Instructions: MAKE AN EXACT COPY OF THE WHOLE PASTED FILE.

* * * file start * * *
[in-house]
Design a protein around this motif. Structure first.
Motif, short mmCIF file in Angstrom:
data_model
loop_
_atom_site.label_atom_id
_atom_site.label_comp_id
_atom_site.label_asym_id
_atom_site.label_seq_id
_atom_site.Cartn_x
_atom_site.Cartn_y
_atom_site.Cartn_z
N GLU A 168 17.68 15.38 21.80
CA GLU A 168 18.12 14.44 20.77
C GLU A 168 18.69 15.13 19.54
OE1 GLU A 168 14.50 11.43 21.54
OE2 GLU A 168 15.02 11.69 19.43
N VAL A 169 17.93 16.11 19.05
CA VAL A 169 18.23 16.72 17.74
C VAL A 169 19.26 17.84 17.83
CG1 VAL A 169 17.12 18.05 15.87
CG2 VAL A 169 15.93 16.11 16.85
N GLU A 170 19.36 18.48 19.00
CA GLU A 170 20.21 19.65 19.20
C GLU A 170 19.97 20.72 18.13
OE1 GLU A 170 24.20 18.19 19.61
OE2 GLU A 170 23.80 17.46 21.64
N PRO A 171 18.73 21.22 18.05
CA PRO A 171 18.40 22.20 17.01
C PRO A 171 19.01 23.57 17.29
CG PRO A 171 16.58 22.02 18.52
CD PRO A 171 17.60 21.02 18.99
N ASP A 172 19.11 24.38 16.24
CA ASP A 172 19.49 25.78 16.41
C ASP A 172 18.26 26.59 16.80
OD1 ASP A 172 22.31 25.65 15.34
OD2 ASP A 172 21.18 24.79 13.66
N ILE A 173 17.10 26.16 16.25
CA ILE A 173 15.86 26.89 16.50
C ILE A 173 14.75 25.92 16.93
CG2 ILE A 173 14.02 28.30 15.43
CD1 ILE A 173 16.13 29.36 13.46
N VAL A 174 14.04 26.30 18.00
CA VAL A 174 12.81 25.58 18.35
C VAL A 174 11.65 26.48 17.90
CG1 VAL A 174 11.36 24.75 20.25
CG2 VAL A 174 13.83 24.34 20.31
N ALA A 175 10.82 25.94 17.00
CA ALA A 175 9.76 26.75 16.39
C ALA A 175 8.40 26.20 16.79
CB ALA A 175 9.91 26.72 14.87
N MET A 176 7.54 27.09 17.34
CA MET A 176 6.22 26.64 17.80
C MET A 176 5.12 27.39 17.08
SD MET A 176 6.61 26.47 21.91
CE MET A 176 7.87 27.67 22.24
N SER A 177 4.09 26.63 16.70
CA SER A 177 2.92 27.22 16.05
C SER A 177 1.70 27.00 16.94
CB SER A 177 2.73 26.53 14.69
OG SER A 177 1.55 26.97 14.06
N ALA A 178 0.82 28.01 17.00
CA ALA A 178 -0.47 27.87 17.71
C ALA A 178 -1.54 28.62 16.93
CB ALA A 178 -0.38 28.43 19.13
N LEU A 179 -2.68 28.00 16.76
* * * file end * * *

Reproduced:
[in-house]
Design a protein around this motif. Structure first.
Motif, short mmCIF file in Angstrom:
data_model
loop_
_atom_site.label_atom_id
_atom_site.label_comp_id
_atom_site.label_asym_id
_atom_site.label_seq_id
_atom_site.Cartn_x
_atom_site.Cartn_y
_atom_site.Cartn_z
N GLU A 168 17.68 15.38 21.80
CA GLU A 168 18.12 14.44 20.77
C GLU A 168 18.69 15.13 19.54
OE1 GLU A 168 14.50 11.43 21.54
OE2 GLU A 168 15.02 11.69 19.43
N VAL A 169 17.93 16.11 19.05
CA VAL A 169 18.23 16.72 17.74
C VAL A 169 19.26 17.84 17.83
CG1 VAL A 169 17.12 18.05 15.87
CG2 VAL A 169 15.93 16.11 16.85
N GLU A 170 19.36 18.48 19.00
CA GLU A 170 20.21 19.65 19.20
C GLU A 170 19.97 20.72 18.13
OE1 GLU A 170 24.20 18.19 19.61
OE2 GLU A 170 23.80 17.46 21.64
N PRO A 171 18.73 21.22 18.05
CA PRO A 171 18.40 22.20 17.01
C PRO A 171 19.01 23.57 17.29
CG PRO A 171 16.58 22.02 18.52
CD PRO A 171 17.60 21.02 18.99
N ASP A 172 19.11 24.38 16.24
CA ASP A 172 19.49 25.78 16.41
C ASP A 172 18.26 26.59 16.80
OD1 ASP A 172 22.31 25.65 15.34
OD2 ASP A 172 21.18 24.79 13.66
N ILE A 173 17.10 26.16 16.25
CA ILE A 173 15.86 26.89 16.50
C ILE A 173 14.75 25.92 16.93
CG2 ILE A 173 14.02 28.30 15.43
CD1 ILE A 173 16.13 29.36 13.46
N VAL A 174 14.04 26.30 18.00
CA VAL A 174 12.81 25.58 18.35
C VAL A 174 11.65 26.48 17.90
CG1 VAL A 174 11.36 24.75 20.25
CG2 VAL A 174 13.83 24.34 20.31
N ALA A 175 10.82 25.94 17.00
CA ALA A 175 9.76 26.75 16.39
C ALA A 175 8.40 26.20 16.79
CB ALA A 175 9.91 26.72 14.87
N MET A 176 7.54 27.09 17.34
CA MET A 176 6.22 26.64 17.80
C MET A 176 5.12 27.39 17.08
SD MET A 176 6.61 26.47 21.91
CE MET A 176 7.87 27.67 22.24
N SER A 177 4.09 26.63 16.70
CA SER A 177 2.92 27.22 16.05
C SER A 177 1.70 27.00 16.94
CB SER A 177 2.73 26.53 14.69
OG SER A 177 1.55 26.97 14.06
N ALA A 178 0.82 28.01 17.00
CA ALA A 178 -0.47 27.87 17.71
C ALA A 178 -1.54 28.62 16.93
CB ALA A 178 -0.38 28.43 19.13
N LEU A 179 -2.68 28.00 16.76